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275 pages, Paperback
First published March 20, 2001
"How could you not tell me I was adopted! Don't you think I have a right to know? And who were my real parents anyway?" I was trying to be mature, but periodically spit flew.The most poignant story, for me, was near the end of the book (this isn't really a spoiler because there is no real plot, but if you want to read the book yourself, you may want to skip this next part): A local man, Mr. Sewell, begins to teach some of the elementary students how to play various band instruments. He volunteers to give Rose, one of Zippy's friends, private lessons after school once a week. A little later Zippy is spending the night at Rose's house:
"Gypsies, honey." She still had not looked up from Isaac Asimov Explains the Whole of Reality and Then Some.
"Gypsies? Really?" This was somewhat compelling. I sat down.
"Yes, I thought we managed a very wise trade. . . Plus, you were born with a tail."
I looked at her, completely speechless, my mouth hanging open exactly like a creature with a tail.
"We had it removed so your pants would fit."
We were mostly not talking, when Rose scooted over closer to me and whispered, "I'm scared of something."The next time Mr. Sewell comes, Zippy stays after school, telling him that she's required to wait for Rose and walk home with her. At the end of the private lesson he offers the girls a ride home, "but we turned it down, even though we had a long, long walk ahead of us." The capper is that Zippy tells another friend, a devout Christian, that she's a failure at doing good deeds and helping others. "Good works just aren't for me."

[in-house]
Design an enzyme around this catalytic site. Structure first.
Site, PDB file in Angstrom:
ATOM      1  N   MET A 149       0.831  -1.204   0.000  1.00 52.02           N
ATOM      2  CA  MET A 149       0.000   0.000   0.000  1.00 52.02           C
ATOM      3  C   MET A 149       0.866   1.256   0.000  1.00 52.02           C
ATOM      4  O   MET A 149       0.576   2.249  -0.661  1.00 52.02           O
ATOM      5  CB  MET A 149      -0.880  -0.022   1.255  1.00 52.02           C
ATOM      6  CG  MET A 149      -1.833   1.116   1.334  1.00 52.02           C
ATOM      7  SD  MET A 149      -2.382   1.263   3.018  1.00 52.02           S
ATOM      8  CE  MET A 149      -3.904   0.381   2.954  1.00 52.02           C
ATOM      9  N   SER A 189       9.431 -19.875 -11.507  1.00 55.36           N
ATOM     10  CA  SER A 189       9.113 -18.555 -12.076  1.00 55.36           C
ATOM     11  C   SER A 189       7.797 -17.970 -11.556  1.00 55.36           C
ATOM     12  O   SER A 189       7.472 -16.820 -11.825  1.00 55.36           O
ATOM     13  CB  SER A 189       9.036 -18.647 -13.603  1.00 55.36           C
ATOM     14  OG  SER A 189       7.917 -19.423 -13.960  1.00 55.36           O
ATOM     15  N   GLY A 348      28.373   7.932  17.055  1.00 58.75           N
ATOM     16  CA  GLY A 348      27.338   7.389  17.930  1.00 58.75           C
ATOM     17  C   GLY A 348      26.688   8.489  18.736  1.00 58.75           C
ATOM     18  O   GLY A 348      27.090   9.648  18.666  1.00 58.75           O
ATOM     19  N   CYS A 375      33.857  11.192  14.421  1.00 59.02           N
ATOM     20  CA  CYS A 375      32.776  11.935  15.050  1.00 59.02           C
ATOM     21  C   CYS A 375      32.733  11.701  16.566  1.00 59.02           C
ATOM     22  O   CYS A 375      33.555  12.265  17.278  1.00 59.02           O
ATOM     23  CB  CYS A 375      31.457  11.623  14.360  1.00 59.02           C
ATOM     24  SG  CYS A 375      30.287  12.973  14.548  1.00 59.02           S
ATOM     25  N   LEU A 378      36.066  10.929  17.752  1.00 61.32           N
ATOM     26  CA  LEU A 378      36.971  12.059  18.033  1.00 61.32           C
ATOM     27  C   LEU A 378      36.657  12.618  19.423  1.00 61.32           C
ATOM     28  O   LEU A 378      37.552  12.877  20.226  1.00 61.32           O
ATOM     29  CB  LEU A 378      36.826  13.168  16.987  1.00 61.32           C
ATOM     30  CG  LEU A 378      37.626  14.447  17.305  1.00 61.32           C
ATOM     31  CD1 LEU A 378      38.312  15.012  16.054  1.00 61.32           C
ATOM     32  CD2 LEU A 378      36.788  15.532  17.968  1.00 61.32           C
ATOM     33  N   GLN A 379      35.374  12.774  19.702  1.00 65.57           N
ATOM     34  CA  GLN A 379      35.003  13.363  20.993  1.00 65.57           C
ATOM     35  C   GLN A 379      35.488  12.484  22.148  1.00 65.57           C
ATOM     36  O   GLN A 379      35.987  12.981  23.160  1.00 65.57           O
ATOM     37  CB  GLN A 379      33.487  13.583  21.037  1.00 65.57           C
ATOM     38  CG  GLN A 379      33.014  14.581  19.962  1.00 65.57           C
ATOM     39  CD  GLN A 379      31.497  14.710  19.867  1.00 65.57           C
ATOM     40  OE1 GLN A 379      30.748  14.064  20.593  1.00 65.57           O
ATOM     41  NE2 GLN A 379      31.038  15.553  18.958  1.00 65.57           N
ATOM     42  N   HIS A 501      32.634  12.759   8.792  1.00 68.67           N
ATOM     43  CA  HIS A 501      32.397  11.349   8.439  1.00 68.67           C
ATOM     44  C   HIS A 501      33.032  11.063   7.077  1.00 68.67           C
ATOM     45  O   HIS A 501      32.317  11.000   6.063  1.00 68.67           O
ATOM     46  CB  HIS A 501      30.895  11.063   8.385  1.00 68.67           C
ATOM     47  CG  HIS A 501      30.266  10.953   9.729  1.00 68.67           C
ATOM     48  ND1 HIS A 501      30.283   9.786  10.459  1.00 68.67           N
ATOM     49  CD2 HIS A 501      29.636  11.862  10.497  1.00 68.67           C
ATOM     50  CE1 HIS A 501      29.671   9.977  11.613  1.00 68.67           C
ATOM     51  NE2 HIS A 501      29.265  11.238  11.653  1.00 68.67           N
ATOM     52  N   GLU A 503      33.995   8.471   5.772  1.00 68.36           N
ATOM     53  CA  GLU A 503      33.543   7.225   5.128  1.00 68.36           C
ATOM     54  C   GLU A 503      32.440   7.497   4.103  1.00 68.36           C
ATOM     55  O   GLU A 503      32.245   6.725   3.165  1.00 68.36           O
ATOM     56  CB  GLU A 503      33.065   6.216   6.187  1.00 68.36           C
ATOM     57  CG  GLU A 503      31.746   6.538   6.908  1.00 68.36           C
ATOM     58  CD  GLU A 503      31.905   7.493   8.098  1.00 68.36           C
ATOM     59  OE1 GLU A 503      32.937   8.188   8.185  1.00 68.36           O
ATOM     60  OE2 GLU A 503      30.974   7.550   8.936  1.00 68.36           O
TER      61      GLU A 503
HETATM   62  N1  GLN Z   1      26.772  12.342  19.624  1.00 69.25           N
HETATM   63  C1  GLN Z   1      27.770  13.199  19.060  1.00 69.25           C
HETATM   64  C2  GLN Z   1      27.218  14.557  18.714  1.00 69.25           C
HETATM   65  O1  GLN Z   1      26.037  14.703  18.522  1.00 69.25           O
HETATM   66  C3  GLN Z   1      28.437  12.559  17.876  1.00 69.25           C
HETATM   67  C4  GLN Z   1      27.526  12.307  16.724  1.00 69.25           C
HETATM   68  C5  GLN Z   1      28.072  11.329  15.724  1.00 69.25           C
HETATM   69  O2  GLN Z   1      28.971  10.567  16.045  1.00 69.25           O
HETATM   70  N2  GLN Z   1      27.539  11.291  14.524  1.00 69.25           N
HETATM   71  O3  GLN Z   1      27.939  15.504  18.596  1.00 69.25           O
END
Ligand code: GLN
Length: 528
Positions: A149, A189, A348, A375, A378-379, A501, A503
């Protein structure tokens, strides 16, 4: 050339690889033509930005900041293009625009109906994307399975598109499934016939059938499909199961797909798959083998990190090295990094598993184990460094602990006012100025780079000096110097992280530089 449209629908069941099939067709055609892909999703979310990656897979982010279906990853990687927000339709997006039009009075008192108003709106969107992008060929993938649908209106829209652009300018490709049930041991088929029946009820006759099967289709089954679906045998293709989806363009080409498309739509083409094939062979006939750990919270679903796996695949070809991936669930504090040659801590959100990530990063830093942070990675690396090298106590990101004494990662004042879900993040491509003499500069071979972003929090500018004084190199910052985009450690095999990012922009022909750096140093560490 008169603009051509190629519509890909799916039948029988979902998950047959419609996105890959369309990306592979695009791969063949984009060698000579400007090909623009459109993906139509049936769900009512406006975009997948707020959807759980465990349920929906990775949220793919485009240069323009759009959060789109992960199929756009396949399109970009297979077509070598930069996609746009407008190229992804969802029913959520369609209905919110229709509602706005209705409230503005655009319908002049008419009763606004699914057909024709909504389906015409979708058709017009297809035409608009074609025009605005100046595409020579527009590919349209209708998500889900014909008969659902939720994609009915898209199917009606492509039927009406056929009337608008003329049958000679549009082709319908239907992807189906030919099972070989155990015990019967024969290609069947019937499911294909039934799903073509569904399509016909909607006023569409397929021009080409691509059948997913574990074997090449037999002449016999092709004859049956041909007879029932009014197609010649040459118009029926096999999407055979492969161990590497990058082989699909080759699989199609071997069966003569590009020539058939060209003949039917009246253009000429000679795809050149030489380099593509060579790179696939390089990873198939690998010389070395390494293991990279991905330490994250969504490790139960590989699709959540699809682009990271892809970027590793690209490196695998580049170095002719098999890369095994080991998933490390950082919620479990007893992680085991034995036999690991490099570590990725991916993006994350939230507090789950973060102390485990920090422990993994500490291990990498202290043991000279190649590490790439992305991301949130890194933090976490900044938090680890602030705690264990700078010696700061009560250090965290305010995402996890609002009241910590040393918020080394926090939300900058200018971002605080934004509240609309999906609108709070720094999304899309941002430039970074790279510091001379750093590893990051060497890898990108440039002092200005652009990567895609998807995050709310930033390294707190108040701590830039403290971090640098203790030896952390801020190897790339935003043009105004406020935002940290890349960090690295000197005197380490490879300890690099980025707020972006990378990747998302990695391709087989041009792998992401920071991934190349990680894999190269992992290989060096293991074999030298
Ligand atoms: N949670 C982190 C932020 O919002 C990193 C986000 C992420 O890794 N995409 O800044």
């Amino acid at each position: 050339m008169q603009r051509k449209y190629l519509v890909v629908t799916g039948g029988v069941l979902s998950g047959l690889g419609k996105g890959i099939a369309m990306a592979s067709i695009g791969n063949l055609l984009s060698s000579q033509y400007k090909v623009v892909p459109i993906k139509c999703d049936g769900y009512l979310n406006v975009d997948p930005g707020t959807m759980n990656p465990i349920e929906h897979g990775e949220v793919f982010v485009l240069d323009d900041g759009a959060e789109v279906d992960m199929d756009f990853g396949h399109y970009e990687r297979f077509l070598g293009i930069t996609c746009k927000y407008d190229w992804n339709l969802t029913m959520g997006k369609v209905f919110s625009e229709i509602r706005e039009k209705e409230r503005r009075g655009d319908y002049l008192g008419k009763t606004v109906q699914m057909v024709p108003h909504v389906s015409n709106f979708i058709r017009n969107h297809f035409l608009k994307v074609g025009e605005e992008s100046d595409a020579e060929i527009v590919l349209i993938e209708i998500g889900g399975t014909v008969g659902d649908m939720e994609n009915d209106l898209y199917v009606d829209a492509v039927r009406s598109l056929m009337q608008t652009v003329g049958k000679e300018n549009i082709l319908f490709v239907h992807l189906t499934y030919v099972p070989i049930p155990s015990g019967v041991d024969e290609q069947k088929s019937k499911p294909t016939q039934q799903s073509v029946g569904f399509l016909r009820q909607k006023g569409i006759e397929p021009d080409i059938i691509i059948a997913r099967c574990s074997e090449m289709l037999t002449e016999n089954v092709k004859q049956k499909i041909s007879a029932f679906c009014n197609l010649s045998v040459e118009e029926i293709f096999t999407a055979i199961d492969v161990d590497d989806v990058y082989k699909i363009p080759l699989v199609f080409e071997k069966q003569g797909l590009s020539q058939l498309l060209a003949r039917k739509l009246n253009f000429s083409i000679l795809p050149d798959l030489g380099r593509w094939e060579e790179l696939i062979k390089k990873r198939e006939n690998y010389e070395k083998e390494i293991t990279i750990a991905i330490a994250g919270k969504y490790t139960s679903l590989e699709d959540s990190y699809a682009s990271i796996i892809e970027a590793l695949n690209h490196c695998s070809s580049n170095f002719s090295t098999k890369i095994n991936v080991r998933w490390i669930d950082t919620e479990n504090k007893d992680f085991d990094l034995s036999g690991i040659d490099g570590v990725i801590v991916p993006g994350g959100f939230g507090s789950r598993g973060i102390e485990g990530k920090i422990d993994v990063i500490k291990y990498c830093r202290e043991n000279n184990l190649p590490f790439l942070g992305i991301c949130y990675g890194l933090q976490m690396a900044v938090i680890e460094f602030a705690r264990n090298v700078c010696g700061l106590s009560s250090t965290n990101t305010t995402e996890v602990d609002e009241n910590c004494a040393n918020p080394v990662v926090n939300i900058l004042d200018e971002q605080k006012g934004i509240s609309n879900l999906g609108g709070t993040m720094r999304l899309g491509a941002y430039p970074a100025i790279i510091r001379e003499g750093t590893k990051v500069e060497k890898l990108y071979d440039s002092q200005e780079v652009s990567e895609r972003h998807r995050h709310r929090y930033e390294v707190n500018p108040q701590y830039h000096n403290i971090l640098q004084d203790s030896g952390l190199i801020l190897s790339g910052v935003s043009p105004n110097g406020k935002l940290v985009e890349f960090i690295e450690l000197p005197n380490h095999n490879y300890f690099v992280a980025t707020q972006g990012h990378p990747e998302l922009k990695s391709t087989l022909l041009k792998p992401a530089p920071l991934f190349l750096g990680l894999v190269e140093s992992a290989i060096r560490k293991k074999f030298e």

I whispered back, "What?"
"I don't want to do private lessons with Mr. Sewell any more."
This didn't surprise me, because I never would have wanted to do it in the first place. "Why? Is it boring and stupid and you'd rather be outside?"
"No." Rose didn't say anything for a long time. "I told my mom, but she thinks I'm making it up or being silly."
"Making what up?"
"I'm just afraid. He . . . never mind. Forget it."
On my end-of-the-year report card all she wrote was “Is disruptive in class. Colors outside the lines. Talks out of turn.” When I showed it to my parents, they read it out loud to me, and my mom said, “Good for you, sweetheart.” And my dad gave me a little pat on the back.